There have been many enhancements to vNets in Azure at and since Ignite in September 2017. In this article we're going to look at vNet service endpoints, application security groups (ASGs), and the ability to connect Azure PaaS resources directly into your vNets.

The core of hosting resources in Azure is your virtual network (vNet). You must connect all of your infrastructure-as-a-service (IaaS) virtual machines (VMs) to a vNet. Increasingly, you can connect other platform-as-a-service (PaaS) resources in Azure as well. But you wouldn't start setting up a new branch office for your business by deploying client PCs—you'd get the wired or wireless network in place first. Similarly, when you start your journey to Azure, networking is the first step.

Onur wrote two good articles on how to create and manage network security groups (NSGs) and ASGs with PowerShell here and here. Think of NSGs as a software-defined firewall that you can define once and apply to a subnet in a vNet or to network interface controllers (NICs) in VMs.

Securing public endpoints

Microsoft designed all Azure services (just like all Office 365 services) for direct internet access—they've all got public endpoints.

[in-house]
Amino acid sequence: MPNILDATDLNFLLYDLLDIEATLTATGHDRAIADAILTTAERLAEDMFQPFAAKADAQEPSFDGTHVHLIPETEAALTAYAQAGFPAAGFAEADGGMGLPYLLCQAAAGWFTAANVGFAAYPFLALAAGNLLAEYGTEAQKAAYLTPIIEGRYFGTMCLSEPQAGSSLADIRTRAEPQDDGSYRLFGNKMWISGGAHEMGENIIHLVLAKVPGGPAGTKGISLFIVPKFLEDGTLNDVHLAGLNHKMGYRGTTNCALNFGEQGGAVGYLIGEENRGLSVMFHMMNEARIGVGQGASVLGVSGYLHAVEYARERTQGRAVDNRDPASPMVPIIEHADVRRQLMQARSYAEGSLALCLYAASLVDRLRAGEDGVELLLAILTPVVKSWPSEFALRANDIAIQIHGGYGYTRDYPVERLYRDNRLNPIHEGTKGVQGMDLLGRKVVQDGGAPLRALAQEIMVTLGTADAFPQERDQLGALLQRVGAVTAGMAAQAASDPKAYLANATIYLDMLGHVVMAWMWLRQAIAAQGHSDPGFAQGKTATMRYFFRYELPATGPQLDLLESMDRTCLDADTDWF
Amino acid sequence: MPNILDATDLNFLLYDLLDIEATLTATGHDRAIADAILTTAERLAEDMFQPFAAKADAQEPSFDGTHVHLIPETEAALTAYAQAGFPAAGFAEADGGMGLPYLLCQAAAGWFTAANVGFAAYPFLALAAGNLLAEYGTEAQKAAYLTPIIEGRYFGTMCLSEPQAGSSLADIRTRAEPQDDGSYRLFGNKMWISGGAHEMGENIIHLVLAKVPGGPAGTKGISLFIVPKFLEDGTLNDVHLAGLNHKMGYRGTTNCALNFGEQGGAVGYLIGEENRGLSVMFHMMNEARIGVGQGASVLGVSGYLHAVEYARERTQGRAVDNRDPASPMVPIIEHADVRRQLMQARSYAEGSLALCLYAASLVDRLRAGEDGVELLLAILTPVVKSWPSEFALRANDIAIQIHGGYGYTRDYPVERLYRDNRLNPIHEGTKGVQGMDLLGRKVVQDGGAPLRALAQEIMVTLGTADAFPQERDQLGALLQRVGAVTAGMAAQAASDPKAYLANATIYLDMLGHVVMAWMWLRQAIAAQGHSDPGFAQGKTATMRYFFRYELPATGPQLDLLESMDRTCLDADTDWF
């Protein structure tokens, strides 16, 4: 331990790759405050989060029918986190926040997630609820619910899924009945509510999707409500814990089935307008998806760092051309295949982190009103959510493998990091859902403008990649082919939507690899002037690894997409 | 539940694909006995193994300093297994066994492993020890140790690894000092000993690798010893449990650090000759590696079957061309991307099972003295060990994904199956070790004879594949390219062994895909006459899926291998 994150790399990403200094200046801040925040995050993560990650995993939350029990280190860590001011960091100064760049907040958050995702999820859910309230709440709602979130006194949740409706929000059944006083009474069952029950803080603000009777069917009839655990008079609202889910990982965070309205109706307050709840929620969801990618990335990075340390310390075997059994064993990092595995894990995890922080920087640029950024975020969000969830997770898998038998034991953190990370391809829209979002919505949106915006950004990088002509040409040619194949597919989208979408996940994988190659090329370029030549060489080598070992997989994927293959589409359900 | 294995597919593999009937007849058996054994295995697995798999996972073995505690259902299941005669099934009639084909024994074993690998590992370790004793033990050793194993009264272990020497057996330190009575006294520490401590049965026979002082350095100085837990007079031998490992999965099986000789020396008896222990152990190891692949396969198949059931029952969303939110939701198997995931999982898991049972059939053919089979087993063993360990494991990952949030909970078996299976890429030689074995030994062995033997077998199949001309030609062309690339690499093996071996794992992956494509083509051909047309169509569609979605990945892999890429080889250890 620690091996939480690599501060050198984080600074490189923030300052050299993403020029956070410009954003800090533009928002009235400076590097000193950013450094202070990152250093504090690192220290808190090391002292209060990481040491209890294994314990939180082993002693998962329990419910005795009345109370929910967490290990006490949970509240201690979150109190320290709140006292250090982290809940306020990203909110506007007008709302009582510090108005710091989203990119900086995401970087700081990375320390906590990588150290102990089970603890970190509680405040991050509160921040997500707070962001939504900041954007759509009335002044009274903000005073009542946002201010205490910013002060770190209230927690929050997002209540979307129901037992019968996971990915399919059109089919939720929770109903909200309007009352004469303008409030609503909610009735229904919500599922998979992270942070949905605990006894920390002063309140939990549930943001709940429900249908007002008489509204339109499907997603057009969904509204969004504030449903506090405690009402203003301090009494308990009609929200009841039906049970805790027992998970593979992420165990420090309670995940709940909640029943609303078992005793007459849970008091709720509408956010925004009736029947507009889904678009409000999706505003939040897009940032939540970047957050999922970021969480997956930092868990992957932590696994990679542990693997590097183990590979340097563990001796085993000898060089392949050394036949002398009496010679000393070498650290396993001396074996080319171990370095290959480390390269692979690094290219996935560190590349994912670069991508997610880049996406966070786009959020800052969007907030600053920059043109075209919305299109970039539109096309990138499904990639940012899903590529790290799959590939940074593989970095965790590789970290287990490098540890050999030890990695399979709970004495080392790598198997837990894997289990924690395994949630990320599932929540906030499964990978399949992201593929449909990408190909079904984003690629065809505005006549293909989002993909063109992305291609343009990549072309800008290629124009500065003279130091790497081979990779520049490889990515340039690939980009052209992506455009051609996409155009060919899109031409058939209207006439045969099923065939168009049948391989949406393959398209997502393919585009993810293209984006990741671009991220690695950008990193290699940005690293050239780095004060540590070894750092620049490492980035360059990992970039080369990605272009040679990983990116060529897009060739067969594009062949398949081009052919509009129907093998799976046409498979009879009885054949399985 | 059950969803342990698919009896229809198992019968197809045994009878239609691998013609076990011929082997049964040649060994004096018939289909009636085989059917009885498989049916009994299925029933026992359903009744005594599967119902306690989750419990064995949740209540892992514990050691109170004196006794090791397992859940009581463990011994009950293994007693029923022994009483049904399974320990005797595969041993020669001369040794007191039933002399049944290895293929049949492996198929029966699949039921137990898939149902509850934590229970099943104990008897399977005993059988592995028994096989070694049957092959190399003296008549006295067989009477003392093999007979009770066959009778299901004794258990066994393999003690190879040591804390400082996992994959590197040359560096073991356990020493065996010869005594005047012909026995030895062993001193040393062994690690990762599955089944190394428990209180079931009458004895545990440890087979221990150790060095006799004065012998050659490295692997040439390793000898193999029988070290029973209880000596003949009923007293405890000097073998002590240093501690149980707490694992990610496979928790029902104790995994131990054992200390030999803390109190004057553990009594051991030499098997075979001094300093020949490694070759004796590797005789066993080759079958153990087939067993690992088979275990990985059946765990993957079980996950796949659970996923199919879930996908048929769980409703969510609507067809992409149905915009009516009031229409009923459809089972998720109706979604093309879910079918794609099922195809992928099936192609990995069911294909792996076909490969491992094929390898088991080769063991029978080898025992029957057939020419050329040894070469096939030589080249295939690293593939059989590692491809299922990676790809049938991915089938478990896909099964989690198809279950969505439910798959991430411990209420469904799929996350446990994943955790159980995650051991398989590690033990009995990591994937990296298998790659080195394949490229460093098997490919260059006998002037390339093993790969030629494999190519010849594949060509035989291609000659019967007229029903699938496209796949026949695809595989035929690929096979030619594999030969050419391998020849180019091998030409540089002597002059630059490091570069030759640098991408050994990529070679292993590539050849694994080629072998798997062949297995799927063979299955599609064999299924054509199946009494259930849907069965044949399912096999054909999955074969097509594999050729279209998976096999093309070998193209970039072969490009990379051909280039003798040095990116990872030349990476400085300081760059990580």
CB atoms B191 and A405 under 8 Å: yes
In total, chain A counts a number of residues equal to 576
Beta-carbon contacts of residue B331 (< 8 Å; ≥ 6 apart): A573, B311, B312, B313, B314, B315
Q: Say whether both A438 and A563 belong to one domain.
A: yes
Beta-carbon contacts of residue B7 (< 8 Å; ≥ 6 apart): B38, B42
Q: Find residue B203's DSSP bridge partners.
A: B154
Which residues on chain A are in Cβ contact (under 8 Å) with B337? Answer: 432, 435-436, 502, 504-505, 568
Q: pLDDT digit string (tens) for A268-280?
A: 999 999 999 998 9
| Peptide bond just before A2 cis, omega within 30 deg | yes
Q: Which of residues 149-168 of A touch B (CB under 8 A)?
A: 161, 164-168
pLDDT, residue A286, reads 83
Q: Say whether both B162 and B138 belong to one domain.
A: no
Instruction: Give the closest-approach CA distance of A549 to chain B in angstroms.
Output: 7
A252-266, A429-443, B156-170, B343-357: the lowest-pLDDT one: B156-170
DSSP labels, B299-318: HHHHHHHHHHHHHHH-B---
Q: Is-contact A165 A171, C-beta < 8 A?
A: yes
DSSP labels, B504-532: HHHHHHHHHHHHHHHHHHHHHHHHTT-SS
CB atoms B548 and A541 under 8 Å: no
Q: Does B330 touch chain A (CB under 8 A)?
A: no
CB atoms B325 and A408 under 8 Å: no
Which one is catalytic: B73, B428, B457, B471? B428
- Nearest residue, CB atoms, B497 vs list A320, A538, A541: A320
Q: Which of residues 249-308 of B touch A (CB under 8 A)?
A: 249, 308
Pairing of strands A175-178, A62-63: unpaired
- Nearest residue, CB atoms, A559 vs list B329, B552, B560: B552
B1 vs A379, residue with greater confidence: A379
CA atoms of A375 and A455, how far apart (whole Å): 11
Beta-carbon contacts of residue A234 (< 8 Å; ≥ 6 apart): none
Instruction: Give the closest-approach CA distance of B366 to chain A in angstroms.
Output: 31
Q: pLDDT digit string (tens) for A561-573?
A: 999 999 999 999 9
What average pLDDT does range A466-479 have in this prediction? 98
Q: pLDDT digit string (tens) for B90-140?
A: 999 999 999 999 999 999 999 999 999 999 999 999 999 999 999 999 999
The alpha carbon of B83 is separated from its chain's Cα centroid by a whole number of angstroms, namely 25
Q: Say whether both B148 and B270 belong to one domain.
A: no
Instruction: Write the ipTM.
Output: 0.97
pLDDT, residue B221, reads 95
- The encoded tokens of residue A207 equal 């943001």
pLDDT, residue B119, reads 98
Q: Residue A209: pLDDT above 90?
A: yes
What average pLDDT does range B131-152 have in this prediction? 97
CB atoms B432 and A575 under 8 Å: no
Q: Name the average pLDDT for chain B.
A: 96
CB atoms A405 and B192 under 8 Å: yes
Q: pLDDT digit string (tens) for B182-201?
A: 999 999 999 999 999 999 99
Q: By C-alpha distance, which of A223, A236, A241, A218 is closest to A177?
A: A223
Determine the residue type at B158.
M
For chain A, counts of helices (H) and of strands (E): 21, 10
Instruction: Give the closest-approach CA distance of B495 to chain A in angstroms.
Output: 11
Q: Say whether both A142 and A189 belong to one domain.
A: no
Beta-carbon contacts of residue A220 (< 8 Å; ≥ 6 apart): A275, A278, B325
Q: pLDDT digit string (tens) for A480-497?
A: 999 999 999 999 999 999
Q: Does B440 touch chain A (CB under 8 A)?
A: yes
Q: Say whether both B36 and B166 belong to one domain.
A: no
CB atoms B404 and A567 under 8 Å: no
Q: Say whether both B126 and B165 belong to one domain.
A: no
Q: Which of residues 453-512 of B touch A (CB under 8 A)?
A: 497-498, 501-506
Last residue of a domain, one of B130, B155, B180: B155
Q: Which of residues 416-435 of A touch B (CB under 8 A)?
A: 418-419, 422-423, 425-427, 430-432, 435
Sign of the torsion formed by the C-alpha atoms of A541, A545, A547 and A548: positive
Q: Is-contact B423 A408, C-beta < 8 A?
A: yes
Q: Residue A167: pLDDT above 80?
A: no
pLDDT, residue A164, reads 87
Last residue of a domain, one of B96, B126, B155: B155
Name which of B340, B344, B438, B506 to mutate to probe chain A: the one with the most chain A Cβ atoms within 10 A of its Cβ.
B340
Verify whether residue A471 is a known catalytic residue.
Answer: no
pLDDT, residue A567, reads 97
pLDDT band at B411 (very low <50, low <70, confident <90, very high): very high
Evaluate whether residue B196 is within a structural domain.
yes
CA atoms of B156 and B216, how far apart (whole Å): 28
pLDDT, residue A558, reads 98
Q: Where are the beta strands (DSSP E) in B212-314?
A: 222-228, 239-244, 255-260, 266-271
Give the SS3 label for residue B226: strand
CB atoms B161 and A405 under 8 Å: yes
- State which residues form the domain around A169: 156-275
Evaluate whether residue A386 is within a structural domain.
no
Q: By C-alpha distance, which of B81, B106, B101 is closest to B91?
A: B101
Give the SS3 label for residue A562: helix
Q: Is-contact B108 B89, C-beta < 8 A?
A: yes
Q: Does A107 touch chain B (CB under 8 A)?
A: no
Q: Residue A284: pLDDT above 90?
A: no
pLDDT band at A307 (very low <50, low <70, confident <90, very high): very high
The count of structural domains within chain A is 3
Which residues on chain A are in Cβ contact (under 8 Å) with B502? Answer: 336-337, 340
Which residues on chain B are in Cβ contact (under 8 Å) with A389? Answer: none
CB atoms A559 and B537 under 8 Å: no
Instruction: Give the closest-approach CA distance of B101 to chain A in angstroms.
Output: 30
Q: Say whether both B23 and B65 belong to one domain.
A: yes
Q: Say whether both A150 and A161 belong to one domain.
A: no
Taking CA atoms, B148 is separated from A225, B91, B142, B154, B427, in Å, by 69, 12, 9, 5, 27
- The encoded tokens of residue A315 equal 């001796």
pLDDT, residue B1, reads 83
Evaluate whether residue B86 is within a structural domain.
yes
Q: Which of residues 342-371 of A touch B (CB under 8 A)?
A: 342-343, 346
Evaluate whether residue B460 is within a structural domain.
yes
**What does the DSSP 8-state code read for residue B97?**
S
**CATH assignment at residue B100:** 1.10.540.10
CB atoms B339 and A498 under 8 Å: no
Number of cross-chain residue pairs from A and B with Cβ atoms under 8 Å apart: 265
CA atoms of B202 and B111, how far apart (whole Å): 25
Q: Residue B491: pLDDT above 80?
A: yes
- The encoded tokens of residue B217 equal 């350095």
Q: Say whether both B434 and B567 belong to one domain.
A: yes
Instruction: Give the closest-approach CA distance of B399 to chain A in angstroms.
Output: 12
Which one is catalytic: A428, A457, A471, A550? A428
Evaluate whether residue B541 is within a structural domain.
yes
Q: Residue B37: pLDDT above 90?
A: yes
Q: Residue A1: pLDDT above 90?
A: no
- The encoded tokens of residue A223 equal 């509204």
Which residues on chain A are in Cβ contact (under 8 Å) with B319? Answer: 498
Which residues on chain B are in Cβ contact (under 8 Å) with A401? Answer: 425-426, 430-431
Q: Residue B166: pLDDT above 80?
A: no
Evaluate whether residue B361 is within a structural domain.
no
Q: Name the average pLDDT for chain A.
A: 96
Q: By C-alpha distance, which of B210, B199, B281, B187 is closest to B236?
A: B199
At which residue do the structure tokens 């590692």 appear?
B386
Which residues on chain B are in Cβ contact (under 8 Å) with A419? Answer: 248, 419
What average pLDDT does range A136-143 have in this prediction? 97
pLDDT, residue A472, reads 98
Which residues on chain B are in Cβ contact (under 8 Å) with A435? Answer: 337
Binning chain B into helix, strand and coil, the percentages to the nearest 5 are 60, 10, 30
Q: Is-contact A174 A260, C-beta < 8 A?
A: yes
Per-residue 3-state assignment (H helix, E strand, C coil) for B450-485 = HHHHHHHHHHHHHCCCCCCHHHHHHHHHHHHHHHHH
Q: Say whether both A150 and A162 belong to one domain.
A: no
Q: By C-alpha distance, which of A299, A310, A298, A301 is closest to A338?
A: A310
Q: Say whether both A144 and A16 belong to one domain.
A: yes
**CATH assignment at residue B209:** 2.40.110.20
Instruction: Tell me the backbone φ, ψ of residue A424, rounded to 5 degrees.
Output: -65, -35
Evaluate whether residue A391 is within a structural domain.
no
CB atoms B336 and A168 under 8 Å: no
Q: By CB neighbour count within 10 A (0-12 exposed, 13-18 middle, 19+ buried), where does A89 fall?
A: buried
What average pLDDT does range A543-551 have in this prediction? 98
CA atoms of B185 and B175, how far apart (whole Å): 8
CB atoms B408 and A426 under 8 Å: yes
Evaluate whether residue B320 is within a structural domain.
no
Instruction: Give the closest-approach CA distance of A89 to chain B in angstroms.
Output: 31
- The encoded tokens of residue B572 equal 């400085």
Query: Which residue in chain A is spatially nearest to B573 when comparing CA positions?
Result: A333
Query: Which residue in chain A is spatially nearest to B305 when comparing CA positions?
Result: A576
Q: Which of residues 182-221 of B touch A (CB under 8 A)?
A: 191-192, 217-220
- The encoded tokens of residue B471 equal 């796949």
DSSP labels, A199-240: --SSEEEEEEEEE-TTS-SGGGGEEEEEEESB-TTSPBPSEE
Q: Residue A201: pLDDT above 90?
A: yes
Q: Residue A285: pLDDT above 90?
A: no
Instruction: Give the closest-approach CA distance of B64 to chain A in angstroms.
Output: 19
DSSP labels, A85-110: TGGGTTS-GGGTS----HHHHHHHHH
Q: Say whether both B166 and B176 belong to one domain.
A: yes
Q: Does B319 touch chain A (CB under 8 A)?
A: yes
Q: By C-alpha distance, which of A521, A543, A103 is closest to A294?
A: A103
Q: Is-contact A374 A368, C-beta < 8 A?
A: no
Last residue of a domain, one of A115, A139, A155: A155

The problem this causes (that the new options in this article address) is that when you use NSGs to secure your Azure resources, you had to create complex rules. For instance, for most of your IaaS VMs, you probably don't want to allow traffic out to the internet that originated on the server (i.e., wasn't a response to a legitimate client request).

No problem—just pop a rule in your NSG to deny traffic to the internet. Except…the underlying storage of those VMs along with other services are also on the "internet." The solution up until now was to have an exception rule that contained every single public IP address for every single Azure data center to allow this traffic. This is painful to manage, especially since those addresses change from time to time.

The other issue (sometimes a deployment blocker for security-conscious companies) is that public access means an administrator can access storage or other PaaS services from a home network since they have the correct credentials.

Finally, if you forced all traffic from your Azure vNet to tunnel back to on-premises networks for inspection by your edge firewall, that literally meant all traffic, including Storage and Azure SQL traffic, would go from Azure to your network and then back to Azure. This is clearly not optimal routing.

Released in preview at Ignite and in general availability (GA) on February 1, 2018 (for Storage only) is the solution to these problems: vNet service endpoints. This feature now gives you a way to configure Azure Storage and Azure SQL (still in preview) access without having to open your vNet to public access.

You can only define service endpoints on Azure Resource Manager (ARM) vNets, not old-style Azure Service Management (ASM) vNets. You can also set them on subnets in vNets. You can enable this for new vNets or existing ones and configure the location for the endpoint to match the vNet's region.